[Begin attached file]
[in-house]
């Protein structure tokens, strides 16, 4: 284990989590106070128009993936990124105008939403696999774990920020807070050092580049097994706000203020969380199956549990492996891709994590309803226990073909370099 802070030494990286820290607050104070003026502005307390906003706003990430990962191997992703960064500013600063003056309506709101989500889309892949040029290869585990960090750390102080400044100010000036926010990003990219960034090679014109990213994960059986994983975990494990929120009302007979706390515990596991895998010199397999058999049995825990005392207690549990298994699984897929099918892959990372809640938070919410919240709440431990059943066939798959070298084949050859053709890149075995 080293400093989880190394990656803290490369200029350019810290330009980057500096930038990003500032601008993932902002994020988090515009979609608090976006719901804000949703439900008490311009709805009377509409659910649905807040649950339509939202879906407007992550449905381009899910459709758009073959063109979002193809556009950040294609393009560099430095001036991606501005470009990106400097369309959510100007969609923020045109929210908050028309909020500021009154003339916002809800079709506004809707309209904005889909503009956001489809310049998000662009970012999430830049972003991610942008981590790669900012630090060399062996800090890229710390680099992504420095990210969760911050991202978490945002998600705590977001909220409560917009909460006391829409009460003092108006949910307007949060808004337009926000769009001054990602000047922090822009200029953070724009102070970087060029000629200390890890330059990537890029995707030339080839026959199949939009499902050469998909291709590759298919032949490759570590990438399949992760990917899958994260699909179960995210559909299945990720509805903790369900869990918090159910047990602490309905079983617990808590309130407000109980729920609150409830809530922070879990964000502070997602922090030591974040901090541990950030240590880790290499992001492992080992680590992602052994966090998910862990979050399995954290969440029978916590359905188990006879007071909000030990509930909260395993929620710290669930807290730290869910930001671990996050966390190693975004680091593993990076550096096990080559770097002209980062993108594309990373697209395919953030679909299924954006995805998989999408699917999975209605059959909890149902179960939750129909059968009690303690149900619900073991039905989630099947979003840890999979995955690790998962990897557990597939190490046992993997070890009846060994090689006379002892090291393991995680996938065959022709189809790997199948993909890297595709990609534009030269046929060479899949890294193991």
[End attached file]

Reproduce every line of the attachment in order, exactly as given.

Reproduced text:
[in-house]
């Protein structure tokens, strides 16, 4: 284990989590106070128009993936990124105008939403696999774990920020807070050092580049097994706000203020969380199956549990492996891709994590309803226990073909370099 802070030494990286820290607050104070003026502005307390906003706003990430990962191997992703960064500013600063003056309506709101989500889309892949040029290869585990960090750390102080400044100010000036926010990003990219960034090679014109990213994960059986994983975990494990929120009302007979706390515990596991895998010199397999058999049995825990005392207690549990298994699984897929099918892959990372809640938070919410919240709440431990059943066939798959070298084949050859053709890149075995 080293400093989880190394990656803290490369200029350019810290330009980057500096930038990003500032601008993932902002994020988090515009979609608090976006719901804000949703439900008490311009709805009377509409659910649905807040649950339509939202879906407007992550449905381009899910459709758009073959063109979002193809556009950040294609393009560099430095001036991606501005470009990106400097369309959510100007969609923020045109929210908050028309909020500021009154003339916002809800079709506004809707309209904005889909503009956001489809310049998000662009970012999430830049972003991610942008981590790669900012630090060399062996800090890229710390680099992504420095990210969760911050991202978490945002998600705590977001909220409560917009909460006391829409009460003092108006949910307007949060808004337009926000769009001054990602000047922090822009200029953070724009102070970087060029000629200390890890330059990537890029995707030339080839026959199949939009499902050469998909291709590759298919032949490759570590990438399949992760990917899958994260699909179960995210559909299945990720509805903790369900869990918090159910047990602490309905079983617990808590309130407000109980729920609150409830809530922070879990964000502070997602922090030591974040901090541990950030240590880790290499992001492992080992680590992602052994966090998910862990979050399995954290969440029978916590359905188990006879007071909000030990509930909260395993929620710290669930807290730290869910930001671990996050966390190693975004680091593993990076550096096990080559770097002209980062993108594309990373697209395919953030679909299924954006995805998989999408699917999975209605059959909890149902179960939750129909059968009690303690149900619900073991039905989630099947979003840890999979995955690790998962990897557990597939190490046992993997070890009846060994090689006379002892090291393991995680996938065959022709189809790997199948993909890297595709990609534009030269046929060479899949890294193991």